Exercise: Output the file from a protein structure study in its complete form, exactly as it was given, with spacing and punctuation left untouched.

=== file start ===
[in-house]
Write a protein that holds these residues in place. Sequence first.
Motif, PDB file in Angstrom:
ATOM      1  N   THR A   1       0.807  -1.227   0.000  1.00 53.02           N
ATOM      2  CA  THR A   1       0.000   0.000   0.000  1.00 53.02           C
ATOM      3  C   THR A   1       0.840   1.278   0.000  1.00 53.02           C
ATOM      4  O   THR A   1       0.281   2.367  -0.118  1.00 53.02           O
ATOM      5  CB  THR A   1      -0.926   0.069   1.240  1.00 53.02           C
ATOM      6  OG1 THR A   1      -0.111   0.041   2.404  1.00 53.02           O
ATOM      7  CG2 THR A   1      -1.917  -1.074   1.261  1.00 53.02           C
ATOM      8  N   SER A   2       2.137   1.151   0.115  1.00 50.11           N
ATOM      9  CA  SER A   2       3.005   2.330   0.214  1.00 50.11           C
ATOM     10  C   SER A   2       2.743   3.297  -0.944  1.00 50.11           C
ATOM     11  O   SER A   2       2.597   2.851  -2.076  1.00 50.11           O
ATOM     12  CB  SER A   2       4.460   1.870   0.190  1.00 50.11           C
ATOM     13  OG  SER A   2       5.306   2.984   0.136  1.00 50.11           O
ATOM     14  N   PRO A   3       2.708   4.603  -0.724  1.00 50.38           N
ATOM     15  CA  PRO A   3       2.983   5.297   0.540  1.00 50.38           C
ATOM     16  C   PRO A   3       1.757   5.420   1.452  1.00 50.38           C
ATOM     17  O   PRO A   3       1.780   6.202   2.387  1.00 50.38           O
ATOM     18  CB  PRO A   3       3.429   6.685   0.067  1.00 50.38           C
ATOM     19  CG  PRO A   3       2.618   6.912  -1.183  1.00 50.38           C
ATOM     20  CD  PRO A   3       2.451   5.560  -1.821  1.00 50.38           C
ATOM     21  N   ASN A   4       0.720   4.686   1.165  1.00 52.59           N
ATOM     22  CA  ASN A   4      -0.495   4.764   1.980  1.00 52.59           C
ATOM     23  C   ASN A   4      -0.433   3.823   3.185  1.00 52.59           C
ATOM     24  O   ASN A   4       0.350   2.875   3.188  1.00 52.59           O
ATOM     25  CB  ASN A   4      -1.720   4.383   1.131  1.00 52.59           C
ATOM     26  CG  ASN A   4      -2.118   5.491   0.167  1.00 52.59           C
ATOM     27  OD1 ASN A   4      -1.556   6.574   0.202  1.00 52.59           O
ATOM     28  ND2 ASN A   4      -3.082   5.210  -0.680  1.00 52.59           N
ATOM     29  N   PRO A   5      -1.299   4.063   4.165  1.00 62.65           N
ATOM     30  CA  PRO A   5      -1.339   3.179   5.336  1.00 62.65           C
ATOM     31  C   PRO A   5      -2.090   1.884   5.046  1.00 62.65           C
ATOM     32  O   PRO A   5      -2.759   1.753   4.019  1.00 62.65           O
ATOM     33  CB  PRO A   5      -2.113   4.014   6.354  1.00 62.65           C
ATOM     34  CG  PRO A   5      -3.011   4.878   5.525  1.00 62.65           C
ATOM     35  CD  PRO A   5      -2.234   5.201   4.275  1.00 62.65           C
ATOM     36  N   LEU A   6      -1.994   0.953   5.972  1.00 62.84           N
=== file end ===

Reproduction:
[in-house]
Write a protein that holds these residues in place. Sequence first.
Motif, PDB file in Angstrom:
ATOM      1  N   THR A   1       0.807  -1.227   0.000  1.00 53.02           N
ATOM      2  CA  THR A   1       0.000   0.000   0.000  1.00 53.02           C
ATOM      3  C   THR A   1       0.840   1.278   0.000  1.00 53.02           C
ATOM      4  O   THR A   1       0.281   2.367  -0.118  1.00 53.02           O
ATOM      5  CB  THR A   1      -0.926   0.069   1.240  1.00 53.02           C
ATOM      6  OG1 THR A   1      -0.111   0.041   2.404  1.00 53.02           O
ATOM      7  CG2 THR A   1      -1.917  -1.074   1.261  1.00 53.02           C
ATOM      8  N   SER A   2       2.137   1.151   0.115  1.00 50.11           N
ATOM      9  CA  SER A   2       3.005   2.330   0.214  1.00 50.11           C
ATOM     10  C   SER A   2       2.743   3.297  -0.944  1.00 50.11           C
ATOM     11  O   SER A   2       2.597   2.851  -2.076  1.00 50.11           O
ATOM     12  CB  SER A   2       4.460   1.870   0.190  1.00 50.11           C
ATOM     13  OG  SER A   2       5.306   2.984   0.136  1.00 50.11           O
ATOM     14  N   PRO A   3       2.708   4.603  -0.724  1.00 50.38           N
ATOM     15  CA  PRO A   3       2.983   5.297   0.540  1.00 50.38           C
ATOM     16  C   PRO A   3       1.757   5.420   1.452  1.00 50.38           C
ATOM     17  O   PRO A   3       1.780   6.202   2.387  1.00 50.38           O
ATOM     18  CB  PRO A   3       3.429   6.685   0.067  1.00 50.38           C
ATOM     19  CG  PRO A   3       2.618   6.912  -1.183  1.00 50.38           C
ATOM     20  CD  PRO A   3       2.451   5.560  -1.821  1.00 50.38           C
ATOM     21  N   ASN A   4       0.720   4.686   1.165  1.00 52.59           N
ATOM     22  CA  ASN A   4      -0.495   4.764   1.980  1.00 52.59           C
ATOM     23  C   ASN A   4      -0.433   3.823   3.185  1.00 52.59           C
ATOM     24  O   ASN A   4       0.350   2.875   3.188  1.00 52.59           O
ATOM     25  CB  ASN A   4      -1.720   4.383   1.131  1.00 52.59           C
ATOM     26  CG  ASN A   4      -2.118   5.491   0.167  1.00 52.59           C
ATOM     27  OD1 ASN A   4      -1.556   6.574   0.202  1.00 52.59           O
ATOM     28  ND2 ASN A   4      -3.082   5.210  -0.680  1.00 52.59           N
ATOM     29  N   PRO A   5      -1.299   4.063   4.165  1.00 62.65           N
ATOM     30  CA  PRO A   5      -1.339   3.179   5.336  1.00 62.65           C
ATOM     31  C   PRO A   5      -2.090   1.884   5.046  1.00 62.65           C
ATOM     32  O   PRO A   5      -2.759   1.753   4.019  1.00 62.65           O
ATOM     33  CB  PRO A   5      -2.113   4.014   6.354  1.00 62.65           C
ATOM     34  CG  PRO A   5      -3.011   4.878   5.525  1.00 62.65           C
ATOM     35  CD  PRO A   5      -2.234   5.201   4.275  1.00 62.65           C
ATOM     36  N   LEU A   6      -1.994   0.953   5.972  1.00 62.84           N